The idea that happiness-maximization is the criterion one should use in deciding what to do and how to act has probably been the most popular ethical view throughout history.
In opposition, Nietzsche insists that happiness should not be your goal.
For example, in his magnum opus — Thus Spoke Zarathustra — his protagonist declares:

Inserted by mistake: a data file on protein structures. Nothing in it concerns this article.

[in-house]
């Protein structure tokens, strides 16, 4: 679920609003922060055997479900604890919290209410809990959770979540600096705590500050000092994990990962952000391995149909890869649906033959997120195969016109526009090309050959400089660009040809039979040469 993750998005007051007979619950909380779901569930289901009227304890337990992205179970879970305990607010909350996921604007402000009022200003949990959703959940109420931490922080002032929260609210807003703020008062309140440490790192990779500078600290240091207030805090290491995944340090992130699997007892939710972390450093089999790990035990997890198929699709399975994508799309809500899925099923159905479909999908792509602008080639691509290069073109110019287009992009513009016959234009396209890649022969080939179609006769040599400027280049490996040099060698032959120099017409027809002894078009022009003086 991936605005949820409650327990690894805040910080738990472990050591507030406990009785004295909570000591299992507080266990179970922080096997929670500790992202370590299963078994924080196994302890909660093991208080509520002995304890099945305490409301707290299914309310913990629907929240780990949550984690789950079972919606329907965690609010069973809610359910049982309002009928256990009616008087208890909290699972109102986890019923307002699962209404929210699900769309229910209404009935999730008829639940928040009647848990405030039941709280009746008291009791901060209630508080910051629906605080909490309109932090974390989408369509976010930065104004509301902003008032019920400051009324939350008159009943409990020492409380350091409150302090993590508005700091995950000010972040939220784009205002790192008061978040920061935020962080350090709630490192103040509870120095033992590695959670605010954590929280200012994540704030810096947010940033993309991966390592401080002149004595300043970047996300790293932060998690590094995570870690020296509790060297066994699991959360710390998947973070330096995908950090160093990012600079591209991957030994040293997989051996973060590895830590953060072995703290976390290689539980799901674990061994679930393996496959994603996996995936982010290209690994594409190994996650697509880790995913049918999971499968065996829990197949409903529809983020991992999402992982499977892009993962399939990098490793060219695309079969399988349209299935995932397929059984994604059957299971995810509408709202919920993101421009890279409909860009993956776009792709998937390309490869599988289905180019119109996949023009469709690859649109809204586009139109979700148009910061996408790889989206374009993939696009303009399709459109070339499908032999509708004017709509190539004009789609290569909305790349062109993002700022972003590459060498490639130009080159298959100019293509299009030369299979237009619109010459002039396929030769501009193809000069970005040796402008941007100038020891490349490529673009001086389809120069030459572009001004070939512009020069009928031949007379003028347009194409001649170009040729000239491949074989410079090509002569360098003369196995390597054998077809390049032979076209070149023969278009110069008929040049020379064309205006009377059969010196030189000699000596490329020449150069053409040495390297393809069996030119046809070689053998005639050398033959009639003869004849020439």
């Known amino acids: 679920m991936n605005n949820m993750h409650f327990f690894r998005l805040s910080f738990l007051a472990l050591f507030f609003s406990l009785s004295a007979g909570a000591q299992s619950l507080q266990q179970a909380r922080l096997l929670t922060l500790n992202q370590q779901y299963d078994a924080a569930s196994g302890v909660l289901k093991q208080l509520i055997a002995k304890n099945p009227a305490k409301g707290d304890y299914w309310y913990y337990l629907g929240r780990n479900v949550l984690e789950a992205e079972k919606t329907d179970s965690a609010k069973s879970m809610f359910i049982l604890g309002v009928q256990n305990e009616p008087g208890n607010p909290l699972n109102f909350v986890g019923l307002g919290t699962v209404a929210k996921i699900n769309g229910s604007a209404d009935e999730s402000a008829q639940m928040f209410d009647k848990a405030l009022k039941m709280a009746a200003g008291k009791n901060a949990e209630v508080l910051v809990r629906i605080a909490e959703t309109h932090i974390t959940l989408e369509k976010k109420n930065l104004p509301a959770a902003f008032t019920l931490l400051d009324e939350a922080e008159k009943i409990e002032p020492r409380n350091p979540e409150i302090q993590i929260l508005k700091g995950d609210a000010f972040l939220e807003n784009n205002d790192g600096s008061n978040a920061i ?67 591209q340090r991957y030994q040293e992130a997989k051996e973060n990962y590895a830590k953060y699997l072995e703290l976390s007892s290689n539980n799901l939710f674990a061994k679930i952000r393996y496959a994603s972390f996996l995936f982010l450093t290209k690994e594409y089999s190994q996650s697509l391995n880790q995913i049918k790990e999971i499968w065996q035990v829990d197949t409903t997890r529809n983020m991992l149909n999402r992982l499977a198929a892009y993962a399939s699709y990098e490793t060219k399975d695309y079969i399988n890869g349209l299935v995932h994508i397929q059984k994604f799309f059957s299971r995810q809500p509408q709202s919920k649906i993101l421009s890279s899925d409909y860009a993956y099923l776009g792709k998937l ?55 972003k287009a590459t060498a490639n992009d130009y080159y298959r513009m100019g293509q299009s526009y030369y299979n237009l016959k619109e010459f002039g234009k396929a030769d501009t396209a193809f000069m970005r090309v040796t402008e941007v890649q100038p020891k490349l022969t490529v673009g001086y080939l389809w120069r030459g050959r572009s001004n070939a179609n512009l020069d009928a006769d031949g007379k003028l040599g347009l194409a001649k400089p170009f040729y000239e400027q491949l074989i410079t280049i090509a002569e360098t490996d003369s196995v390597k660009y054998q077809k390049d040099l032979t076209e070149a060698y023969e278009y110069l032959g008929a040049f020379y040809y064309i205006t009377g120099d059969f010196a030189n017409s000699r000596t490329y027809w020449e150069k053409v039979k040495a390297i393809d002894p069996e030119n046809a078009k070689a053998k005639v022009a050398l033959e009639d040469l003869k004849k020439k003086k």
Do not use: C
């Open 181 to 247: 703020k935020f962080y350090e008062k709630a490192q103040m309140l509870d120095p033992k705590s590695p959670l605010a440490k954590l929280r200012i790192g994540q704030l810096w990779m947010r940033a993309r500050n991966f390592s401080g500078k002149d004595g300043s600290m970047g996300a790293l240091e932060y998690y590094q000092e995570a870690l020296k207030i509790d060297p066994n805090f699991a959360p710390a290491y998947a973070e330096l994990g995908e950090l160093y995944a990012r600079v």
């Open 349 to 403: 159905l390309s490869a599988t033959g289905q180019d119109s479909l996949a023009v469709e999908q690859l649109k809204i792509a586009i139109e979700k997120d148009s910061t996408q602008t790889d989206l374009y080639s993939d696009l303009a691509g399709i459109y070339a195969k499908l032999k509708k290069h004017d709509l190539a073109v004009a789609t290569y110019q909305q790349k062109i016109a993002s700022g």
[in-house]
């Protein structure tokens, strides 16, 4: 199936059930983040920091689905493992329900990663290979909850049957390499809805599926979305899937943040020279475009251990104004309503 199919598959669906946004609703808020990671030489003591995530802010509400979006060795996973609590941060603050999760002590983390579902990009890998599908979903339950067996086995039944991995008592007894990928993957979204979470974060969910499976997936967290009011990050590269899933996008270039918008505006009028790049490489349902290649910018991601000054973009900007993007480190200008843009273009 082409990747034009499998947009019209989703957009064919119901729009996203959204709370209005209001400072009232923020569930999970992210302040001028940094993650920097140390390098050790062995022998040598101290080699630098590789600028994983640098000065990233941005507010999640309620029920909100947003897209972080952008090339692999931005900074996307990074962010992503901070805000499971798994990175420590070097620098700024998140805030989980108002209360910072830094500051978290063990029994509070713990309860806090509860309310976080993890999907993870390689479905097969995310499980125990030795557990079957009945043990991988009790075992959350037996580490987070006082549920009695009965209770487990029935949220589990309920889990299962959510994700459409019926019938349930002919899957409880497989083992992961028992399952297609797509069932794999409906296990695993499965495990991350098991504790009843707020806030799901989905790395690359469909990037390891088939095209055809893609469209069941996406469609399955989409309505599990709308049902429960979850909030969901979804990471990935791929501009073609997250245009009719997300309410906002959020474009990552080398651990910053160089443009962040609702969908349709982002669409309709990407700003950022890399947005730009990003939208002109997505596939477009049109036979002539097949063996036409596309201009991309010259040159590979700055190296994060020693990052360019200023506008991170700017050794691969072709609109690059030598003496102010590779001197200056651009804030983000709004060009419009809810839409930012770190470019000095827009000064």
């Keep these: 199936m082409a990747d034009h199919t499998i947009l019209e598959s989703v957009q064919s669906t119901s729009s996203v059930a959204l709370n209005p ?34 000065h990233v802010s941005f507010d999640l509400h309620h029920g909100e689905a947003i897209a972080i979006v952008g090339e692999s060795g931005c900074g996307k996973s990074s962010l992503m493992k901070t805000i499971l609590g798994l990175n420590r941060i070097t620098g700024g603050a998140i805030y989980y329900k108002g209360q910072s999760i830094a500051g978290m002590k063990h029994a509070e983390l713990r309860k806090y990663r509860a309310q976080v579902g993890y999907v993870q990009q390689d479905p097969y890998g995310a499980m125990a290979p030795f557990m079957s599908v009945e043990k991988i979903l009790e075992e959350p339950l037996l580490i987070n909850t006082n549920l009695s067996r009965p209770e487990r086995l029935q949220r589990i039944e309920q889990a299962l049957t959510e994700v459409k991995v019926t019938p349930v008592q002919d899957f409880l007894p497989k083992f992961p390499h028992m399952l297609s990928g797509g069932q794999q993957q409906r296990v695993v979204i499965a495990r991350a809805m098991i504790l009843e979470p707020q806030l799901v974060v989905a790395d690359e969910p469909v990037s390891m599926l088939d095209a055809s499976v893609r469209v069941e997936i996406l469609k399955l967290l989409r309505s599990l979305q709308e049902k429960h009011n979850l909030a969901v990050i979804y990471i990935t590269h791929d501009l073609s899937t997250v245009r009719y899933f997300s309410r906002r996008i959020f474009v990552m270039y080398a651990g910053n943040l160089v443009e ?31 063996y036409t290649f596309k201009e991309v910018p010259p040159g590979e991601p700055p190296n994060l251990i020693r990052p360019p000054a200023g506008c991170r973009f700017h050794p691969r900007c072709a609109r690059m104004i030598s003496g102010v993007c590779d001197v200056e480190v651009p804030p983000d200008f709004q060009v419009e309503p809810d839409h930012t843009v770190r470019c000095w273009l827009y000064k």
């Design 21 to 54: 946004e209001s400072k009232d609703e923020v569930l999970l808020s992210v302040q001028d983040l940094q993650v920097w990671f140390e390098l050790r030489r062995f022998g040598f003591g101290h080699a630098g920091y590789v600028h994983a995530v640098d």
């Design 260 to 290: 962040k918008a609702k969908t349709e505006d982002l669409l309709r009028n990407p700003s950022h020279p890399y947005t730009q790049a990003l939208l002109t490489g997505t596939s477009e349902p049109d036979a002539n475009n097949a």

“Do I strive after happiness? [No,] I strive after my works!”
And in Twilight of the Idols, he explicitly states that:
“Man [should] not strive after happiness.”
At this point, any philosopher worth his salt asks: “But what exactly does Nietzsche mean when he says these things?”